|Is first line out of the question?
Dec 30, 2009
Hi I am treatment naive and have some NRTI resistance. I'm pretty sure it was a genotype resistance test as I recall seeing what looked like a list of mutations on the paper. It was reported as 'low level resistance' to Stavudine and Zidovudine and 'potential low level resistance' to all other NRTIs apart from 3tc and ftc.
I do not know the mutations at this time.
Couple of questions. Firstly, if certain mutations cause resistance to some drugs how can a test result report 'potential' resistance. Surely it just does or doesn't?
and if it was a phenotype test then i still don't get the 'potential' resistance result as I would have thought the drugs would have either worked or been less effective resulting in no resistance or a certain level of some resistance.
Second of all, I've read that 3tc and ftc cannot be used together in a double NRTI regime. Is a single NRTI + an NNRTI +a boosted PI a likely alternative? And can a regime like this with one NRTI work?
Thanks very much
| Response from Dr. McGowan
Thanks for these questions. Resistance testing can be complicated even for doctors.
The issue of "potential" resistance is due to the fact that it may take 2 or 3 mutations in the virus to render it "fully" resistant to the effects of a medicine. So, for example, if you need mutations X, Y and Z to get high level resistance to a medicine but the virus only has X and Y..the medicine may have some activity but it is "damaged goods". It could not be relied on to be fully active.
Sometimes, especially if the test was done when a person is not taking meds (like your case pre-treatment) there may be more mutations that are present but not detected because they are at a low level. Taking the medicine would force the virus to "show its' hand" and reveal all its mutations so that it can survive. So finding all these NRTI mutations in your virus pre-treatment means that your regimen of medications is going to have to include drugs from at least 2 other classes of treatment to be effective.
The phenotype is a different way of detecting resistance. Instead of working out the genetic code of the virus and finding all its mutations (like in a genotype test), the phenotype grows the virus in the presence of the medicine to see if it is inhibited. In your case, the phenotype may be less helpful than the genotype test to find resistance because having 1 or 2 mutations may slow the virus but not enough to show up on the phenotype. It's like a car with a bad tire..it may run OK for a while but that tire is weak and it only needs one deep pothole and you've got a flat. If you knew the tire was damaged you would buy a new one and not wait for it to burst. The genotype is like that...it shows the damage is there even if it is only "potential" at this point.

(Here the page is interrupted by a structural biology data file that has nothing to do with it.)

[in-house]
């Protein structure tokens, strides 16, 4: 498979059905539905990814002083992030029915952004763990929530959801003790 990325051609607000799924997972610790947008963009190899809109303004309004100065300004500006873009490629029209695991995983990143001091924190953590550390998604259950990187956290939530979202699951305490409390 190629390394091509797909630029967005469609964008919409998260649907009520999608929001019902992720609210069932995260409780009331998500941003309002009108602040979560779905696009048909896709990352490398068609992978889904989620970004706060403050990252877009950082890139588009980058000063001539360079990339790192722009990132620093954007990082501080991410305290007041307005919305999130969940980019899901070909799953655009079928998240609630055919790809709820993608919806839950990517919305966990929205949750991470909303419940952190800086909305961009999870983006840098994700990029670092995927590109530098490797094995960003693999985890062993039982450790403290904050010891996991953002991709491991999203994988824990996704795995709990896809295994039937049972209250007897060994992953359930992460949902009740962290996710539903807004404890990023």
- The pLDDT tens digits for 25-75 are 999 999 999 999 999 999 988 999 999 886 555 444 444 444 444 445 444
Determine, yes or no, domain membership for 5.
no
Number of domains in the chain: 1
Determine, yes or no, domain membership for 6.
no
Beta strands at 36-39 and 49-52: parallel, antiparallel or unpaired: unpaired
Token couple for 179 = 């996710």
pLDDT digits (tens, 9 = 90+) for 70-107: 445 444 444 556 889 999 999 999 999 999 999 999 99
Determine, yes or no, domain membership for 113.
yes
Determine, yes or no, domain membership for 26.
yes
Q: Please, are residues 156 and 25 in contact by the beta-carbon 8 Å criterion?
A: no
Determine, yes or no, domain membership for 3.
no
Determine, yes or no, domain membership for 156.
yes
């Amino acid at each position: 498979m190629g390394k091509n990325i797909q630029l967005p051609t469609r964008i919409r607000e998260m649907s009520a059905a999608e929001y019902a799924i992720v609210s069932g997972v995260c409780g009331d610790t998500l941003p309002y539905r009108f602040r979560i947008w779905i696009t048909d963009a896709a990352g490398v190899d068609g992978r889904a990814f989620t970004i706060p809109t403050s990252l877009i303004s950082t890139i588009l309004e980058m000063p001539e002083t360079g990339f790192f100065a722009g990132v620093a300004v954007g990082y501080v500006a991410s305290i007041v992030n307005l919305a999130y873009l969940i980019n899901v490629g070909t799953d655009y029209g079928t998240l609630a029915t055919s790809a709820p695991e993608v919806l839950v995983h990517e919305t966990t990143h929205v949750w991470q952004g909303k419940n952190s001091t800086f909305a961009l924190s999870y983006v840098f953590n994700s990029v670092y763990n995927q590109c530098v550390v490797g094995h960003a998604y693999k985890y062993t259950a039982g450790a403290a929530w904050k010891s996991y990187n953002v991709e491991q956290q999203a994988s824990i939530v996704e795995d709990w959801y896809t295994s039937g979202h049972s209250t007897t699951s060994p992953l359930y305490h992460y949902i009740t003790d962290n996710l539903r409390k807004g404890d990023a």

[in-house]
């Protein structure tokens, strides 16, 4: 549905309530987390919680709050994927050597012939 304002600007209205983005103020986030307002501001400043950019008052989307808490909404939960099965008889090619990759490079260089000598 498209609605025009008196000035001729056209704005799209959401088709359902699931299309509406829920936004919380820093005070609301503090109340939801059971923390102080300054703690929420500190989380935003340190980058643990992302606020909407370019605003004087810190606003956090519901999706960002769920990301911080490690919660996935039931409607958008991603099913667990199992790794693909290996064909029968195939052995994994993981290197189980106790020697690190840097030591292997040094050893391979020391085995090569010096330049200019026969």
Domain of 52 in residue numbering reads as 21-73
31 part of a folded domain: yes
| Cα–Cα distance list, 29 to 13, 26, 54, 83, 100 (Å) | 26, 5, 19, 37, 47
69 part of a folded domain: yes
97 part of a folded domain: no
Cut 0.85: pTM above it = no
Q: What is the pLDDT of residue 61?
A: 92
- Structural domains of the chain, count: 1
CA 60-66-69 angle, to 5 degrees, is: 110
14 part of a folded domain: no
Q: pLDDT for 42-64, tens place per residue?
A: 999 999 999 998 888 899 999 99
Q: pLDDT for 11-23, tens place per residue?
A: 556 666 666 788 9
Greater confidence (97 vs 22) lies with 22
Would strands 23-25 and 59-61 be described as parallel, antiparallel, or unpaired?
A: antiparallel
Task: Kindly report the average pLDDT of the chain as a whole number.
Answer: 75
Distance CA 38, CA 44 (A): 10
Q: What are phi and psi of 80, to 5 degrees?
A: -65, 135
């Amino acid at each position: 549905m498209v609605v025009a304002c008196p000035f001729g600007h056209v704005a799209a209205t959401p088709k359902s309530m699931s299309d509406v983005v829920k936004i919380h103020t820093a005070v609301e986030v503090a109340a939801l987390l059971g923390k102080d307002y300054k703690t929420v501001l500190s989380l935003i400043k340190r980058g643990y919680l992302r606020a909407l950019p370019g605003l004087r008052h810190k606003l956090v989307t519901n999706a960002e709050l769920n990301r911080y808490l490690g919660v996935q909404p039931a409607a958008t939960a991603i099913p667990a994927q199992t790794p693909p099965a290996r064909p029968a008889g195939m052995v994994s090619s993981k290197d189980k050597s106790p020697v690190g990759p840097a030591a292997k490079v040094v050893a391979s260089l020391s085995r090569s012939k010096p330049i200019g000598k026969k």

Your first treatment should include at least 3 Fully Active medicines. So an active NRTI + boosted PI + NNRTI could be a good combo since it would have 3 active drugs including a boosted PI which is quite potent.
Get Email Notifications When This Forum Updates or Subscribe With RSS
This forum is designed for educational purposes only, and experts are not rendering medical, mental health, legal or other professional advice or services. If you have or suspect you may have a medical, mental health, legal or other problem that requires advice, consult your own caregiver, attorney or other qualified professional.
Experts appearing on this page are independent and are solely responsible for editing and fact-checking their material. Neither TheBody.com nor any advertiser is the publisher or speaker of posted visitors' questions or the experts' material.